Archive for April, 2010

The Magnolia Phosphate Mine, A Fossil Site Near Charleston, South Carolina

April 29, 2010

The impossiblity of time travel frustrates me.  When I go on a vacation to the South Carolina coast, I wish I could travel to a condo that existed 100,000 years ago, so I could sit on a balcony and watch the now long vanished wildlife.  The area near what’s now Charleston, South Carolina was home to a cavalcade of beasts equaling, if not surpassing that of today’s famous east African national parks.  The old Magnolia phosphate mine, 10 miles north of Charleston, sparks my imagination because it  was a spectacular fossil site that produced an impressive list of species, including some surprising ones.

In 1865 union troops burned down the plantation house on the Runnymede estate.  The owner, Charles Pinckney jr., desperately needed money to rebuild his estate.  He began digging trenches on his property for phosphate nodules, and he also dredged the Ashley River, which bordered his property, for this lucrative resource.  From 1869 to 1910 Mr. Pinckney mined the phosphate, but more interestingly, collected all of the fossils he encountered while working.

An old phosphate mine on the island of Nauru.  This is what the trenches Mr. Pinckney worked must have looked like.  Source of the photo:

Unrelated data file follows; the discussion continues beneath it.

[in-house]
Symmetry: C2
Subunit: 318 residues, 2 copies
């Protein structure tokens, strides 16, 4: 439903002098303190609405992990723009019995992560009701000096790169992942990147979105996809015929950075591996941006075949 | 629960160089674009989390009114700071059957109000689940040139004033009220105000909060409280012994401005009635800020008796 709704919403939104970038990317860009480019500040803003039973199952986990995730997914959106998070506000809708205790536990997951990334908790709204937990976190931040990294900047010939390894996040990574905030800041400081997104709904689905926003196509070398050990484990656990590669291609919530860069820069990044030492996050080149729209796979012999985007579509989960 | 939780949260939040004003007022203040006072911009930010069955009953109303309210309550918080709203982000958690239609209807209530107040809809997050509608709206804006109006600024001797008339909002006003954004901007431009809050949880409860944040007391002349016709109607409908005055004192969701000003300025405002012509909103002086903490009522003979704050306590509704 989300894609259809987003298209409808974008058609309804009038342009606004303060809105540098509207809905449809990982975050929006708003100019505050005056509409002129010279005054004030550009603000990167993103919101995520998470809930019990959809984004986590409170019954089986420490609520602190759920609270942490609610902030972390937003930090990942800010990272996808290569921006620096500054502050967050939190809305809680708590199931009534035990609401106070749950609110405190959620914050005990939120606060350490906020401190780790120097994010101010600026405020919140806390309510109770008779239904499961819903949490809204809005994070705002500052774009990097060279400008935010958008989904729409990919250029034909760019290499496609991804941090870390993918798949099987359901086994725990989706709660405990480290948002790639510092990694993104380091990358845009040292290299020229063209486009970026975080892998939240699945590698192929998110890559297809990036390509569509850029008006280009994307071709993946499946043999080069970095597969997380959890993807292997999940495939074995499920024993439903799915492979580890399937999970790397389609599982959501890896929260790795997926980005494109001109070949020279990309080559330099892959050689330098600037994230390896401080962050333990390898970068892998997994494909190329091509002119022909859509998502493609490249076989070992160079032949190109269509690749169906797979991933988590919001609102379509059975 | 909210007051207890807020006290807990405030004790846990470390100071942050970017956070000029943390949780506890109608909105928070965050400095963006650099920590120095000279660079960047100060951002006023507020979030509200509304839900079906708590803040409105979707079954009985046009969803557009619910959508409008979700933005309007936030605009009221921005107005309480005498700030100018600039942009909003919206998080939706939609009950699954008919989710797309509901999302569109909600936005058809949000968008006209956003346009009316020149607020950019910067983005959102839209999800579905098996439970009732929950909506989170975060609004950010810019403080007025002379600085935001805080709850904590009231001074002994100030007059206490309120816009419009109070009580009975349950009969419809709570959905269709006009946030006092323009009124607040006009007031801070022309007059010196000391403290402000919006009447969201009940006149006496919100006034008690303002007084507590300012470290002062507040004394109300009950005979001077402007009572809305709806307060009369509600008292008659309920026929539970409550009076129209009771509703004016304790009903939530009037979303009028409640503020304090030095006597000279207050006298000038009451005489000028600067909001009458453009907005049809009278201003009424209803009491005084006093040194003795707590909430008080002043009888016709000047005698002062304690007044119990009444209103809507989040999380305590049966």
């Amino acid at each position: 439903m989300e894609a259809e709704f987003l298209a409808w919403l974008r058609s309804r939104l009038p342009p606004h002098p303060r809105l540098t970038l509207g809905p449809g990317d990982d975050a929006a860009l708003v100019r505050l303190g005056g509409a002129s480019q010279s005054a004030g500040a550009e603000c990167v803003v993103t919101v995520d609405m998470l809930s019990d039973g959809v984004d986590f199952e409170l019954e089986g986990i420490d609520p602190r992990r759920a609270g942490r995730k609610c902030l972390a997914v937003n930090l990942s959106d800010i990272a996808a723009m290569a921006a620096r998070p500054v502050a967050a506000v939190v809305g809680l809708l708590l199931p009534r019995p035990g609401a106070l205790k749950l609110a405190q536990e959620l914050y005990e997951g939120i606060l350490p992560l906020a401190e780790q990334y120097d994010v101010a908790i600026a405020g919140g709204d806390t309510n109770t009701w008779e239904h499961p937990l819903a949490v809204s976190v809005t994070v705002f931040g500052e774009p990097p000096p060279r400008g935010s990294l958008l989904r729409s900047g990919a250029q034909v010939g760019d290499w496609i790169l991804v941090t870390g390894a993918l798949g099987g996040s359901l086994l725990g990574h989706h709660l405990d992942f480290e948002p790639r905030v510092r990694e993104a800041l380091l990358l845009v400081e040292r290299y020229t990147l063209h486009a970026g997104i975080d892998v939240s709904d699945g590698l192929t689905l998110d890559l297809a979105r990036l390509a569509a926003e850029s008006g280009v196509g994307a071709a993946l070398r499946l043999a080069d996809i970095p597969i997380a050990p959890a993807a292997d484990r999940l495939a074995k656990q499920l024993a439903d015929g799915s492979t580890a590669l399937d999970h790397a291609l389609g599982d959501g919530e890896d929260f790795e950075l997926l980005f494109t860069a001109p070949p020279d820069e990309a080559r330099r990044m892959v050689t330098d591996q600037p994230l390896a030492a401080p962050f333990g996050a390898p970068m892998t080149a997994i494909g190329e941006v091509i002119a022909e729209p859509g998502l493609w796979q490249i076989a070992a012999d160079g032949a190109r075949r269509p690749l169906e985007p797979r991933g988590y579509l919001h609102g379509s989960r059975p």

In 1957  his descendents donated his 198 accumulated specimens to the Charleston Museum.  The Pinckney family held on to the property until 1995, and now the Whitfield family owns it.  They rent the property out for weddings and other ceremonies.  It’s a beautiful piece of land with forests, picturesque lawns, salt marshes, a tidal river, and an amazing 1,000 year old oak tree.  Unfortunately, the rebuilt plantation house mysteriously burned down in 2002 (was it the ghosts of union troops?).  A satellite photograph reveals no fossil-bearing trenches which must have been filled in years ago.  However, rivers are public rights of way.  I suppose there’s nothing stopping modern fossil hunters from searching the nearby Ashley River for fossils, though scuba gear might help.

The source of this rich assemblage of fossils is a geological strata known as the Wando formation–an ancient back barrier island structure that existed during a time of higher sea level.  Part of the Wando formation sits on top of an earlier Pleistocene barrier island system known as the Penholoway, and another part of the Wando overlays the Oligocene formation.  Scientists believe the Wando formation dates to between 130,000 and 70,000 years BP.  This time period includes the Sangamonian Interglacial, when average annual temperatures were higher than those of today, and the early Wisconsinian Ice Age, when  temperatures gradually began to cool but were still moderate.  Early Ice Age winters along the South Carolina coast may have been even warmer than those of today.  Based on the species found, the environment was a mixture of forests and savannahs.

Apparently, the Wando formation is only four feet below the surface of the ground.  It’s overlain by sand.  Underneath, scientists describe the formation as a “blue mud” interspersed with rocks of phosphate nodules.  A resident living north of Charleston may be able to find fossils, simply by digging in their backyard because remains of extinct species have turned up all over the region.

The following is a list of species Charles Pinckney jr. discovered in his mines.  I also give the scientific names for the extinct species.


Giant ground sloth–Eremotherium laurillardi

Harlan’s ground sloth–Mylodon harlani